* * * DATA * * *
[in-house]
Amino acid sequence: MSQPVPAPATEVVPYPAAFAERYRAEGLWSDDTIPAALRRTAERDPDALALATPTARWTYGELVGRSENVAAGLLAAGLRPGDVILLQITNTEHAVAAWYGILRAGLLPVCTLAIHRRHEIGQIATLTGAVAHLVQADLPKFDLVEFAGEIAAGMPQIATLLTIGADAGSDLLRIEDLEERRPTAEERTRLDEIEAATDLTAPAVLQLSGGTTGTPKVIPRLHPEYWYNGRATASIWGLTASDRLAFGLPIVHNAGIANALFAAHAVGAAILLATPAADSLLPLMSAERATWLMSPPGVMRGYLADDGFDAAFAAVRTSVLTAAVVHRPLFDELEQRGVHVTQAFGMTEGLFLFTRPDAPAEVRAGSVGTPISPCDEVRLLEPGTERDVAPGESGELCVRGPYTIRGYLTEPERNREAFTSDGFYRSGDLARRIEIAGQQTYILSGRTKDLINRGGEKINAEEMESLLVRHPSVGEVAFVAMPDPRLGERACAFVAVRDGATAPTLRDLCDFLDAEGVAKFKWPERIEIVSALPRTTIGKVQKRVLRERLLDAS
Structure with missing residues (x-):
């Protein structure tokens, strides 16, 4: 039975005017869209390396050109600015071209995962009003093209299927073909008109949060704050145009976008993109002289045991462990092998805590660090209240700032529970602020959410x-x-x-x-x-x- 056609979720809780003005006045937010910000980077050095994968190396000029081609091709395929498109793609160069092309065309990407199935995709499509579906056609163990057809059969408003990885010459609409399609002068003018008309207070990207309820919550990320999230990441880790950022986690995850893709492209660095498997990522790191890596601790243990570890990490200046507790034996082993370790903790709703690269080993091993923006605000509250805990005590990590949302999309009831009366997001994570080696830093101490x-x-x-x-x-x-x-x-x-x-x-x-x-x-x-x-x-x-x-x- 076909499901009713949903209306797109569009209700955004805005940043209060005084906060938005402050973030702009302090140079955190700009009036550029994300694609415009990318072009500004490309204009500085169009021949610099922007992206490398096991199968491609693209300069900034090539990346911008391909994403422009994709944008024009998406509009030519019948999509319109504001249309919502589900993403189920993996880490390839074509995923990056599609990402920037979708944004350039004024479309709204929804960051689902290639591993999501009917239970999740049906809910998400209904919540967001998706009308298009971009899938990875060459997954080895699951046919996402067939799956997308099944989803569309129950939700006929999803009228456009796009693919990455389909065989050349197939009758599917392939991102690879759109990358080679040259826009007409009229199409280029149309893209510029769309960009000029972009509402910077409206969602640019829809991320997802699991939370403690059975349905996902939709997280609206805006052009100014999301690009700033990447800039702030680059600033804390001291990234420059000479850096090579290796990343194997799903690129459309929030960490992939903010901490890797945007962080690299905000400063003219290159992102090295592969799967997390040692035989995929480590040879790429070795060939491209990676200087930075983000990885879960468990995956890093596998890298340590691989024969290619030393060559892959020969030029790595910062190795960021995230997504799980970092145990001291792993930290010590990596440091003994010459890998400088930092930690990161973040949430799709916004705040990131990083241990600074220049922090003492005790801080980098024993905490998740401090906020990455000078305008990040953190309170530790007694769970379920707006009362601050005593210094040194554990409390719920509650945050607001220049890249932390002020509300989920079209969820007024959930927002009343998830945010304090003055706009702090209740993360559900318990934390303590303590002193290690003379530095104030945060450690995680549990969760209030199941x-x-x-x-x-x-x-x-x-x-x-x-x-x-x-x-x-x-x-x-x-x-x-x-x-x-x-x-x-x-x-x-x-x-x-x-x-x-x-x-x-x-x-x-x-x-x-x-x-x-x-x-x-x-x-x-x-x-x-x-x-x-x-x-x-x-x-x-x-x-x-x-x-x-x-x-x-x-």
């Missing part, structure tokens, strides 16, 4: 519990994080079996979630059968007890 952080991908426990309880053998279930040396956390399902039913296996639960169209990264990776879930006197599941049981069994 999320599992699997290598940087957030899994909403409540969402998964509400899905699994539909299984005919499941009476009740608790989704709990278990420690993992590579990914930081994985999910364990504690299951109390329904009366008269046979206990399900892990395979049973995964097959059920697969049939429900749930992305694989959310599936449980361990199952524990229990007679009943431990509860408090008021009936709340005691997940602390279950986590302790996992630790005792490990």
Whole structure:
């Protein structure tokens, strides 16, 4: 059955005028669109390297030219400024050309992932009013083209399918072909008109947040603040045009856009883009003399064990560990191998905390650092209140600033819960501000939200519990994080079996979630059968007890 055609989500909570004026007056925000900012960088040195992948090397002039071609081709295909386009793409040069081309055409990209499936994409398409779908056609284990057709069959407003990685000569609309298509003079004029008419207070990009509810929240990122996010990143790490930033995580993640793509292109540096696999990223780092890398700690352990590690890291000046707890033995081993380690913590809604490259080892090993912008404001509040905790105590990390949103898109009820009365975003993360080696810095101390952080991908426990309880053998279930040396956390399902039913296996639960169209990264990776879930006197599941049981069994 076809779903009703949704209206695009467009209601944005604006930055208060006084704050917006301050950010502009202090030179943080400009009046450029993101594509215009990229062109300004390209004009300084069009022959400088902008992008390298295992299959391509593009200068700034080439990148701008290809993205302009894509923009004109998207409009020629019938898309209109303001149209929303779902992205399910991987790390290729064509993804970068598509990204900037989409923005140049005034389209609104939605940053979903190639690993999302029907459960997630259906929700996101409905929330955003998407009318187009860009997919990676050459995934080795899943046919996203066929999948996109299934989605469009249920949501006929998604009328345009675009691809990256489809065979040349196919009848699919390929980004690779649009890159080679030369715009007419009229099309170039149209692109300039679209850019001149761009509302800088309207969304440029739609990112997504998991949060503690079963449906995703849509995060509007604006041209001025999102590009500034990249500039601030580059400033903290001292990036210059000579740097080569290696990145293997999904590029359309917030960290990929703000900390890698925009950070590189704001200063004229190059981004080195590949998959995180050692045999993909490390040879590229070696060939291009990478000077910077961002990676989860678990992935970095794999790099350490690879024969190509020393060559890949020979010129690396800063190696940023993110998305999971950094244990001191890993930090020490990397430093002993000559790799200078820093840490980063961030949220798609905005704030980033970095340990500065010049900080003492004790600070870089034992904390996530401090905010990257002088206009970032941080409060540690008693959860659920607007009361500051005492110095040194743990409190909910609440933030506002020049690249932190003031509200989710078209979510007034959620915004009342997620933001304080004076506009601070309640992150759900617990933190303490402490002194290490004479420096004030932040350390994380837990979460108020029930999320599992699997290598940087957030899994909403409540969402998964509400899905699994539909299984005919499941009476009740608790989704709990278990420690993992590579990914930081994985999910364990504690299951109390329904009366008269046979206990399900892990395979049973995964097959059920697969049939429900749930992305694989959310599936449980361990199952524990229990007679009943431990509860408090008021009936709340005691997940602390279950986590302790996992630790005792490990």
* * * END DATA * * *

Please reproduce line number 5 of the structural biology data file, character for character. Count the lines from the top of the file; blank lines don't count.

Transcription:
């Missing part, structure tokens, strides 16, 4: 519990994080079996979630059968007890 952080991908426990309880053998279930040396956390399902039913296996639960169209990264990776879930006197599941049981069994 999320599992699997290598940087957030899994909403409540969402998964509400899905699994539909299984005919499941009476009740608790989704709990278990420690993992590579990914930081994985999910364990504690299951109390329904009366008269046979206990399900892990395979049973995964097959059920697969049939429900749930992305694989959310599936449980361990199952524990229990007679009943431990509860408090008021009936709340005691997940602390279950986590302790996992630790005792490990």